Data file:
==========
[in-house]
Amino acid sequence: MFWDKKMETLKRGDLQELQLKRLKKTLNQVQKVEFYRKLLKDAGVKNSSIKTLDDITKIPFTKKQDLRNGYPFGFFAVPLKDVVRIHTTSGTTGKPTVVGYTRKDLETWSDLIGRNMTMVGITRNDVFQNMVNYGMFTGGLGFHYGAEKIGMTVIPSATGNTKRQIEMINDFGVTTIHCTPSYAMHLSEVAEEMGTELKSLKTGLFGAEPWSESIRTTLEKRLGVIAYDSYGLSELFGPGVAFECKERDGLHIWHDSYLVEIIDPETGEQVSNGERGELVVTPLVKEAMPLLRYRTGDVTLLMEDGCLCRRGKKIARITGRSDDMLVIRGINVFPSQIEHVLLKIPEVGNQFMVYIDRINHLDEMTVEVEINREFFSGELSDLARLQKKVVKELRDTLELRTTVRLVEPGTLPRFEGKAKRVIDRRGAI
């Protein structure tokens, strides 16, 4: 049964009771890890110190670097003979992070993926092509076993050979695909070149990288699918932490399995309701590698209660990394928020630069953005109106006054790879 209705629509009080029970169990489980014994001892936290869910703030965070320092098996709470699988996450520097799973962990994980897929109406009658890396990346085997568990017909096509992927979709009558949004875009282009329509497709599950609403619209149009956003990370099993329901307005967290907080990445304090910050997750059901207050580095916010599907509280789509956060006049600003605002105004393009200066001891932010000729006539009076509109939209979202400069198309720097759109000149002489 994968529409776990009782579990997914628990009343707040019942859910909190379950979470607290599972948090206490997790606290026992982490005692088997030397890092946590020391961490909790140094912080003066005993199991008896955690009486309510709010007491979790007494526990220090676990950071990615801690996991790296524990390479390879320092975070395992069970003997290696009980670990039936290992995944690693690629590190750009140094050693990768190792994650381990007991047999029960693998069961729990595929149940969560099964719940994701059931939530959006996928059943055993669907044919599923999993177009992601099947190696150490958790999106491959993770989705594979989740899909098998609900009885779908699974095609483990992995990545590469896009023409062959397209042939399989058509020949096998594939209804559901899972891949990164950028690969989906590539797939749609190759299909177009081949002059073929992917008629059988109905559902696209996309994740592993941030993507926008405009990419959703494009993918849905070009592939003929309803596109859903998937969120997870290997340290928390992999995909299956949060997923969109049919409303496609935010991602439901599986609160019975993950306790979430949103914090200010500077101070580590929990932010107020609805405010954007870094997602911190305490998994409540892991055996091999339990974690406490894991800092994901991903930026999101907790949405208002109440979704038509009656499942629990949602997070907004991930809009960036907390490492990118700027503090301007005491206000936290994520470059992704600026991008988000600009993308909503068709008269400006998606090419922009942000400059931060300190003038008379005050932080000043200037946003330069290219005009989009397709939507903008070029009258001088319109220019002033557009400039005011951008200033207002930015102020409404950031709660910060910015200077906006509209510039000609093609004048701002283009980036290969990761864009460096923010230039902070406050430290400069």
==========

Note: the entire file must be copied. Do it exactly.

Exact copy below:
[in-house]
Amino acid sequence: MFWDKKMETLKRGDLQELQLKRLKKTLNQVQKVEFYRKLLKDAGVKNSSIKTLDDITKIPFTKKQDLRNGYPFGFFAVPLKDVVRIHTTSGTTGKPTVVGYTRKDLETWSDLIGRNMTMVGITRNDVFQNMVNYGMFTGGLGFHYGAEKIGMTVIPSATGNTKRQIEMINDFGVTTIHCTPSYAMHLSEVAEEMGTELKSLKTGLFGAEPWSESIRTTLEKRLGVIAYDSYGLSELFGPGVAFECKERDGLHIWHDSYLVEIIDPETGEQVSNGERGELVVTPLVKEAMPLLRYRTGDVTLLMEDGCLCRRGKKIARITGRSDDMLVIRGINVFPSQIEHVLLKIPEVGNQFMVYIDRINHLDEMTVEVEINREFFSGELSDLARLQKKVVKELRDTLELRTTVRLVEPGTLPRFEGKAKRVIDRRGAI
């Protein structure tokens, strides 16, 4: 049964009771890890110190670097003979992070993926092509076993050979695909070149990288699918932490399995309701590698209660990394928020630069953005109106006054790879 209705629509009080029970169990489980014994001892936290869910703030965070320092098996709470699988996450520097799973962990994980897929109406009658890396990346085997568990017909096509992927979709009558949004875009282009329509497709599950609403619209149009956003990370099993329901307005967290907080990445304090910050997750059901207050580095916010599907509280789509956060006049600003605002105004393009200066001891932010000729006539009076509109939209979202400069198309720097759109000149002489 994968529409776990009782579990997914628990009343707040019942859910909190379950979470607290599972948090206490997790606290026992982490005692088997030397890092946590020391961490909790140094912080003066005993199991008896955690009486309510709010007491979790007494526990220090676990950071990615801690996991790296524990390479390879320092975070395992069970003997290696009980670990039936290992995944690693690629590190750009140094050693990768190792994650381990007991047999029960693998069961729990595929149940969560099964719940994701059931939530959006996928059943055993669907044919599923999993177009992601099947190696150490958790999106491959993770989705594979989740899909098998609900009885779908699974095609483990992995990545590469896009023409062959397209042939399989058509020949096998594939209804559901899972891949990164950028690969989906590539797939749609190759299909177009081949002059073929992917008629059988109905559902696209996309994740592993941030993507926008405009990419959703494009993918849905070009592939003929309803596109859903998937969120997870290997340290928390992999995909299956949060997923969109049919409303496609935010991602439901599986609160019975993950306790979430949103914090200010500077101070580590929990932010107020609805405010954007870094997602911190305490998994409540892991055996091999339990974690406490894991800092994901991903930026999101907790949405208002109440979704038509009656499942629990949602997070907004991930809009960036907390490492990118700027503090301007005491206000936290994520470059992704600026991008988000600009993308909503068709008269400006998606090419922009942000400059931060300190003038008379005050932080000043200037946003330069290219005009989009397709939507903008070029009258001088319109220019002033557009400039005011951008200033207002930015102020409404950031709660910060910015200077906006509209510039000609093609004048701002283009980036290969990761864009460096923010230039902070406050430290400069």